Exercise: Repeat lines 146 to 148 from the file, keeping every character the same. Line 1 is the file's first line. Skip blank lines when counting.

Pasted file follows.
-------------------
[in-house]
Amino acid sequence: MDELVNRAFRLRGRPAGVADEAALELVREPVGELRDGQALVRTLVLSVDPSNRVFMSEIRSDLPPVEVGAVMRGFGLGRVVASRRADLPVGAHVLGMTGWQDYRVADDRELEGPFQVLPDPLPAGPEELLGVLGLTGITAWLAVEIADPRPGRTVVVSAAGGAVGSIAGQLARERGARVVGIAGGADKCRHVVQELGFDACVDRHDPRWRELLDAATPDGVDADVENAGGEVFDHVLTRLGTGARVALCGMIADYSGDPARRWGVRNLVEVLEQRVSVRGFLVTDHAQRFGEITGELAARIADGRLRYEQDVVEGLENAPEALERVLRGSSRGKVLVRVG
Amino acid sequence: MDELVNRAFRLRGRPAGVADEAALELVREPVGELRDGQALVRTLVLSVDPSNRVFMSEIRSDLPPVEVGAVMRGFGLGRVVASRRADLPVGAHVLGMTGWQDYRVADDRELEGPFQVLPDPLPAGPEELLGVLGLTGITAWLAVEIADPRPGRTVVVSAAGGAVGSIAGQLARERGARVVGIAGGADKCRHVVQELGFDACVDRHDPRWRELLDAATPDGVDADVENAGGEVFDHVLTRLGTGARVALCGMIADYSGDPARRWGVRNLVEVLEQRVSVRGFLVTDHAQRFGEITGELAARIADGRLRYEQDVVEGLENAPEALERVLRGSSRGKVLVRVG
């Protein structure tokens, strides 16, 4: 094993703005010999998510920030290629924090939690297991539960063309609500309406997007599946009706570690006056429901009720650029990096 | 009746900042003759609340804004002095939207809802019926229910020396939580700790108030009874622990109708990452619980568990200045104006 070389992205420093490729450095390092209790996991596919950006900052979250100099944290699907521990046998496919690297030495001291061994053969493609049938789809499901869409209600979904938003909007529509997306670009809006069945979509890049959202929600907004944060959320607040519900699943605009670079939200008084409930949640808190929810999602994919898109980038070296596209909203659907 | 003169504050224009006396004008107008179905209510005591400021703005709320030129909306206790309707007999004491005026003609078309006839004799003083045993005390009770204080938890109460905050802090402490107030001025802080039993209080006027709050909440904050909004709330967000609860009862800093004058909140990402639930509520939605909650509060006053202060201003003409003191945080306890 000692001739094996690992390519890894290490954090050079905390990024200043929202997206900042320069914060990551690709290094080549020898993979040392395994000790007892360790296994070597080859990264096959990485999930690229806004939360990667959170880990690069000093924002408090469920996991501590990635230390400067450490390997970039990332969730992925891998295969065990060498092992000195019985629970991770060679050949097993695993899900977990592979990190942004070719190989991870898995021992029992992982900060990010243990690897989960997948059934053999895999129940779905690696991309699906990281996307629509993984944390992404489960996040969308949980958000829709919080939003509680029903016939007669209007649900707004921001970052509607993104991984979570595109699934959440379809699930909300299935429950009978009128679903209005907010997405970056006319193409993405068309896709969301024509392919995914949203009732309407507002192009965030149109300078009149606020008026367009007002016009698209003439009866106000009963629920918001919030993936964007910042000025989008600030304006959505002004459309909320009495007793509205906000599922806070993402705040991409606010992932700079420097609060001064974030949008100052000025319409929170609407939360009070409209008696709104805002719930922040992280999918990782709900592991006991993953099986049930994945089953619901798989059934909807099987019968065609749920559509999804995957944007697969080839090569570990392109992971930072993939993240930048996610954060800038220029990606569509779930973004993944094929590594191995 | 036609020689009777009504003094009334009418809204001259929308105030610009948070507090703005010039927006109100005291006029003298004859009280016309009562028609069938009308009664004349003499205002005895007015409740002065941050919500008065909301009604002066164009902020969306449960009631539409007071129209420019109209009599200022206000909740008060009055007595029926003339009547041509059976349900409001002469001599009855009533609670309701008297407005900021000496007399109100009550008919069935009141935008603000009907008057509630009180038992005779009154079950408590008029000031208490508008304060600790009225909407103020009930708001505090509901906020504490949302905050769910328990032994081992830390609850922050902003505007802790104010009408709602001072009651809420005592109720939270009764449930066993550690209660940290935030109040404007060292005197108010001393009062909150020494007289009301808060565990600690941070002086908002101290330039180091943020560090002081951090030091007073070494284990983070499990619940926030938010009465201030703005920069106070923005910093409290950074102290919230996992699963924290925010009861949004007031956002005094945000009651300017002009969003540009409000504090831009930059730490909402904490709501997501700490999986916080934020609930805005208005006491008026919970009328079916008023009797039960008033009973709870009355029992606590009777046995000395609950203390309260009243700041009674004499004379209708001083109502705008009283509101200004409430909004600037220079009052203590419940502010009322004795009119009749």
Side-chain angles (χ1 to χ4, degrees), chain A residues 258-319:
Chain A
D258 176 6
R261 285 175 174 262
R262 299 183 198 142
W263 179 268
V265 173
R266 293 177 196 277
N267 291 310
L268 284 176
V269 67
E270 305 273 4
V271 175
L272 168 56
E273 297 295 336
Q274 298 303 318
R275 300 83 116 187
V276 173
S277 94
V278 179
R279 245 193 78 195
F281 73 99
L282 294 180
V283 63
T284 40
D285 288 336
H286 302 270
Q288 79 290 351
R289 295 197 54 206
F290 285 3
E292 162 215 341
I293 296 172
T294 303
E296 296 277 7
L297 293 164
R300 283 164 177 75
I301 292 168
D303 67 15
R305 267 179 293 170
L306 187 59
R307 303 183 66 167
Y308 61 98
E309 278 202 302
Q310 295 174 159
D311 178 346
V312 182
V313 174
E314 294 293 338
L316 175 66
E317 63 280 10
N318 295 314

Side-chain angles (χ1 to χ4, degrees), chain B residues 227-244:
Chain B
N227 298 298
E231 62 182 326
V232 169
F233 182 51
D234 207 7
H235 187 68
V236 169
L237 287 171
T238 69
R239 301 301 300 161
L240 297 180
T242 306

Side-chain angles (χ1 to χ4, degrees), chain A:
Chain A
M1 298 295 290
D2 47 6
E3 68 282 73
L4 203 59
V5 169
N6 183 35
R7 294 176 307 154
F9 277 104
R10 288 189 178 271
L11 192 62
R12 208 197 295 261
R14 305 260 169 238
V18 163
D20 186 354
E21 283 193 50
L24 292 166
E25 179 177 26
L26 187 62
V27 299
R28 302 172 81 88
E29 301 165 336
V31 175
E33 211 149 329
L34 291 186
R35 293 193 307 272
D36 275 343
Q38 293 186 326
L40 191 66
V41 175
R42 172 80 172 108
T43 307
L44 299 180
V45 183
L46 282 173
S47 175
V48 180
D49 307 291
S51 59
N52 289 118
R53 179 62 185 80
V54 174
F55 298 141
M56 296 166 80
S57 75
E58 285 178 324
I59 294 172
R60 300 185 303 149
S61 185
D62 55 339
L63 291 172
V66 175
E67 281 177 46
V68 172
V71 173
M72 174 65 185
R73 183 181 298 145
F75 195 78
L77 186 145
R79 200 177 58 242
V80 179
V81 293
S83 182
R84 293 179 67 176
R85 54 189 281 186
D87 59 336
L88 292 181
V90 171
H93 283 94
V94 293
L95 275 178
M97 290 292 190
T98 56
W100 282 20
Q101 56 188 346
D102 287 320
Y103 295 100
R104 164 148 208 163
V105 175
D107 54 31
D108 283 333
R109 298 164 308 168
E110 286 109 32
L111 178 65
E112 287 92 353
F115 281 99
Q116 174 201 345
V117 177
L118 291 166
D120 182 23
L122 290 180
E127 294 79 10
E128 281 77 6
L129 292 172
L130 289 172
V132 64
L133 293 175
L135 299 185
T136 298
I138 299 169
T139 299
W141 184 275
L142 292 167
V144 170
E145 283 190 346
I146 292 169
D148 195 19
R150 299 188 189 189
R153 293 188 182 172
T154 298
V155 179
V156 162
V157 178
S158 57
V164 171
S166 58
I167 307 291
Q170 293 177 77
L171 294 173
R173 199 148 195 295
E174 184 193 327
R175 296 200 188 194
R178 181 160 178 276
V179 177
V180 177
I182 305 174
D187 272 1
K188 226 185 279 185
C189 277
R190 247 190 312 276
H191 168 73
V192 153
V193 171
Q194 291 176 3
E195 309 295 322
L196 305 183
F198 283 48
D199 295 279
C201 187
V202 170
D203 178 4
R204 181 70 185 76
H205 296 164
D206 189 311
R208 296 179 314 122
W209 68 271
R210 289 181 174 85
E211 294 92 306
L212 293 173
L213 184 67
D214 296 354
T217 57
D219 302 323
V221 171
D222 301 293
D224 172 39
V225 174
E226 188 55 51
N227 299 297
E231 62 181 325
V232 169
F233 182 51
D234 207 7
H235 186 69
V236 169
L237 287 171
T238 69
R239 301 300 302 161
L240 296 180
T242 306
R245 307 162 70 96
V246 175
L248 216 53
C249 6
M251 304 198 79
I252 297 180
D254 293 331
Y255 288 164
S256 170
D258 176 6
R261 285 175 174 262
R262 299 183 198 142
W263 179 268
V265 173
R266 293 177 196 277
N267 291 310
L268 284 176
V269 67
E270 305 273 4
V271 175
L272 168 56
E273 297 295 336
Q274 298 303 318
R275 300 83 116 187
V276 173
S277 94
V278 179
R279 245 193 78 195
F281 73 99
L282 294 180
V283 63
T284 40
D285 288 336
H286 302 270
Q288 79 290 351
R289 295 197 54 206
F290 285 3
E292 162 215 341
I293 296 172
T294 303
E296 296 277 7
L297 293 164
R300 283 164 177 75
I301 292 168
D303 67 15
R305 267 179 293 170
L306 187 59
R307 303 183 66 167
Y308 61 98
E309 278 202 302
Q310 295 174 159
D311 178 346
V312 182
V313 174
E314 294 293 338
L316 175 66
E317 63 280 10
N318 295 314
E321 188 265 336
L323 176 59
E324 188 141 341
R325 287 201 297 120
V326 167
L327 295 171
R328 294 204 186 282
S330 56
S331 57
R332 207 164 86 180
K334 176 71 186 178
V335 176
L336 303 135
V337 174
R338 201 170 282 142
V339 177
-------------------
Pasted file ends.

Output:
D102 287 320
Y103 295 100
R104 164 148 208 163